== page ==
It's A Fish-Eat-Fish World Scientists Want To Change That
Comment of the Day

September 13 2019

Commentary by Eoin Treacy

It's A Fish-Eat-Fish World Scientists Want To Change That

This article by Jon Emont for the Wall Street Journal may be of interest to subscribers. Here is a section:

“If we take any more fish out of the ocean—what we call wild-caught—then literally the ecosystem could collapse,” said Alan Shaw, the chief executive of Calysta, a Menlo Park, Calif.-based startup that is among the first companies to use bacteria to convert natural gas into protein that can be used as an alternative fish feed. Calysta operates a factory in northeast England where its bacteria feed on methane producing single-cell proteins that are dried and packaged into pellets it calls FeedKind.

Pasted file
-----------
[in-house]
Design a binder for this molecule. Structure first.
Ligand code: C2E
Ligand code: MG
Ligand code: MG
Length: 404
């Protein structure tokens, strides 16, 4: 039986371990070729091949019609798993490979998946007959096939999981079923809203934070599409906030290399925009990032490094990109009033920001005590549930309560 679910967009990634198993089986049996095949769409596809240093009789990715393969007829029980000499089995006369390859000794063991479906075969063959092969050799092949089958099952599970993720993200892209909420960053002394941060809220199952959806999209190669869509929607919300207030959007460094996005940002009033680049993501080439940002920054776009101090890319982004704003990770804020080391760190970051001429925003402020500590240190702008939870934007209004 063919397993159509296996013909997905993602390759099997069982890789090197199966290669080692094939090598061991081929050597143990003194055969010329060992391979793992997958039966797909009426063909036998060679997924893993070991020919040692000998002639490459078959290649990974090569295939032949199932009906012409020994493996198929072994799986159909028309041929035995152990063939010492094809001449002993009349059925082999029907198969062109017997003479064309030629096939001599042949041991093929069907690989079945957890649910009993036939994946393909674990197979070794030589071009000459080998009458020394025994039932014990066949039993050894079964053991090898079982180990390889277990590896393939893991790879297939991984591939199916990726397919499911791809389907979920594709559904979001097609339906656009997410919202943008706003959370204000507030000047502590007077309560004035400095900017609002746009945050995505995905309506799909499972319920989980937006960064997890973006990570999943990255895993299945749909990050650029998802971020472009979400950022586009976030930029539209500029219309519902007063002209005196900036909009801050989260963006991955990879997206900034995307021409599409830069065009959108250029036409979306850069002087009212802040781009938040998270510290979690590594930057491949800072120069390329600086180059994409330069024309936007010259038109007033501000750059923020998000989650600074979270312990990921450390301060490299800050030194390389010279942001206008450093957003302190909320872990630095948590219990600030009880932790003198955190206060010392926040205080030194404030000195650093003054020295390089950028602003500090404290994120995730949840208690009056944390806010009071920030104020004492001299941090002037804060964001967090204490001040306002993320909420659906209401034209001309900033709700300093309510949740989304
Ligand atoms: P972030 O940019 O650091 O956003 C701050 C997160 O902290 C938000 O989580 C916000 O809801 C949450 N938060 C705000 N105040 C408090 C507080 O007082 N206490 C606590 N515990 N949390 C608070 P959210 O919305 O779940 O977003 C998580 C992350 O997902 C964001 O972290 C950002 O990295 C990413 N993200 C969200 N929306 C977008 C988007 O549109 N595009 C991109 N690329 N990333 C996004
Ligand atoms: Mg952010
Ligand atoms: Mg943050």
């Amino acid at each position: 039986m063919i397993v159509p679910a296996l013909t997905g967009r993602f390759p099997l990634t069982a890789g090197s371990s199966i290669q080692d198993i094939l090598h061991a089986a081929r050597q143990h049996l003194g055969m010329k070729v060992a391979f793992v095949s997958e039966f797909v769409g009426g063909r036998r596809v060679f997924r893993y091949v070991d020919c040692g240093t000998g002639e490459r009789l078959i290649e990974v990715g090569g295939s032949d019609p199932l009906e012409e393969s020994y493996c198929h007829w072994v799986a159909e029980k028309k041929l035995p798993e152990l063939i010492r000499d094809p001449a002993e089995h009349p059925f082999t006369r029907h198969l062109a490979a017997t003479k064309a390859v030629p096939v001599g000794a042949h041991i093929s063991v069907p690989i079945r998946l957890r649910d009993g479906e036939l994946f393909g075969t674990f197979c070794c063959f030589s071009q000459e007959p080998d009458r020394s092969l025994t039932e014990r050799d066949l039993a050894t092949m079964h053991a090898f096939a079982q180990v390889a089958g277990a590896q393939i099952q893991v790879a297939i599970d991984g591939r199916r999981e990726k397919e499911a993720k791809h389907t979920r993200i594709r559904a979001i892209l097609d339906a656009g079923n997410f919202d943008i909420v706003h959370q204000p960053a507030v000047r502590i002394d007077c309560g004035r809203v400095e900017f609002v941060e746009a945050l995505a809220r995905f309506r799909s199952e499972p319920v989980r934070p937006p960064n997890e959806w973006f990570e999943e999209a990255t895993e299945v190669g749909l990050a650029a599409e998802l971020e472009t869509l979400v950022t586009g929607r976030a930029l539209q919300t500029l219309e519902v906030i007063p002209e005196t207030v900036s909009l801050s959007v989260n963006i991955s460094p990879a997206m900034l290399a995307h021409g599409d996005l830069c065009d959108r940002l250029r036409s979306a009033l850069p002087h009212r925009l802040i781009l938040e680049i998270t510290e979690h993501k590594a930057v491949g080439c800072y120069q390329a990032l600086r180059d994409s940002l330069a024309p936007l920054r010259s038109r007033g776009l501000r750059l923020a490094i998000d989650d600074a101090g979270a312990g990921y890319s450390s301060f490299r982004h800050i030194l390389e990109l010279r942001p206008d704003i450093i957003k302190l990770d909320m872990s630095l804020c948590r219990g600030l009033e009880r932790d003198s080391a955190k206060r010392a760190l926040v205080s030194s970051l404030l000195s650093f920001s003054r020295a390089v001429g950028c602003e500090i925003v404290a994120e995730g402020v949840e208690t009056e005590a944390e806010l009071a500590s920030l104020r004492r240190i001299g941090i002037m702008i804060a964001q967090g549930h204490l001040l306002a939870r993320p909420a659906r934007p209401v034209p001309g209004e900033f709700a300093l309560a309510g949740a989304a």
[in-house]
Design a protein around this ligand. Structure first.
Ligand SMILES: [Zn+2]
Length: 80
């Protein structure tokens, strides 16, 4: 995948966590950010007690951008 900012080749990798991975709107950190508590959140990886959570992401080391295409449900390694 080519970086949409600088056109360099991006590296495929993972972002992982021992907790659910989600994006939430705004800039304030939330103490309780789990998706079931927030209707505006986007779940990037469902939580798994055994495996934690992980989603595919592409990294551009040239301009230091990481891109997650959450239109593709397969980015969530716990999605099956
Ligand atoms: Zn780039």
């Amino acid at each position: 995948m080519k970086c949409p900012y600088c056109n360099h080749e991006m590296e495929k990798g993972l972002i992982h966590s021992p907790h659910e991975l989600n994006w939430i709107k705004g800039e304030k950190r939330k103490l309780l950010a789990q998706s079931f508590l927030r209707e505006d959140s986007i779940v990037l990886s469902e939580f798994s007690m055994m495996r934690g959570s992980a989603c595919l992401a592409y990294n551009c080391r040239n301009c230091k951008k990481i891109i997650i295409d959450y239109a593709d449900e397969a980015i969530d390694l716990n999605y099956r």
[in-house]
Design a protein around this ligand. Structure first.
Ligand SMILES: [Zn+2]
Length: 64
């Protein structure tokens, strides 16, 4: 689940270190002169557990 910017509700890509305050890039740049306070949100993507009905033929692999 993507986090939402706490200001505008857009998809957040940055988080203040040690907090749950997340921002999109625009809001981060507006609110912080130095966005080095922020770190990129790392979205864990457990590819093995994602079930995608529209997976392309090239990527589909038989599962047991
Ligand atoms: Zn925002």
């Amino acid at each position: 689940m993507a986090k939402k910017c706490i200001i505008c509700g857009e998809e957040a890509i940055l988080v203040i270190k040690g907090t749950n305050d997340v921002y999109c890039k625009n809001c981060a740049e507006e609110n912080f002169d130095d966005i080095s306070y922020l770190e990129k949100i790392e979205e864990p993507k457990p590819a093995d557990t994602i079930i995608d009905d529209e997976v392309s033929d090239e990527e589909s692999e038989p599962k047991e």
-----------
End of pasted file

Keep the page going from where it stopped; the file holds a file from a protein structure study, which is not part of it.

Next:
The company announced a $30 million investment from BP in June, which gave the British energy giant the right of first refusal to supply natural gas to Calysta’s future factories. It already had a partnership with Thai Union, an Asian seafood giant, which says trial shrimp grown on Calysta’s bacterial protein taste the same as those fed traditional diets that include fish.

Eoin Treacy's view

Fish farming remains a growth business with leverage to both the growth of the global consumer and the need to substitute global fish stocks with additional supply in order to feed all those people. Additionally, the desire to consume more protein and more “heart healthy” fats is on a growth trajectory.

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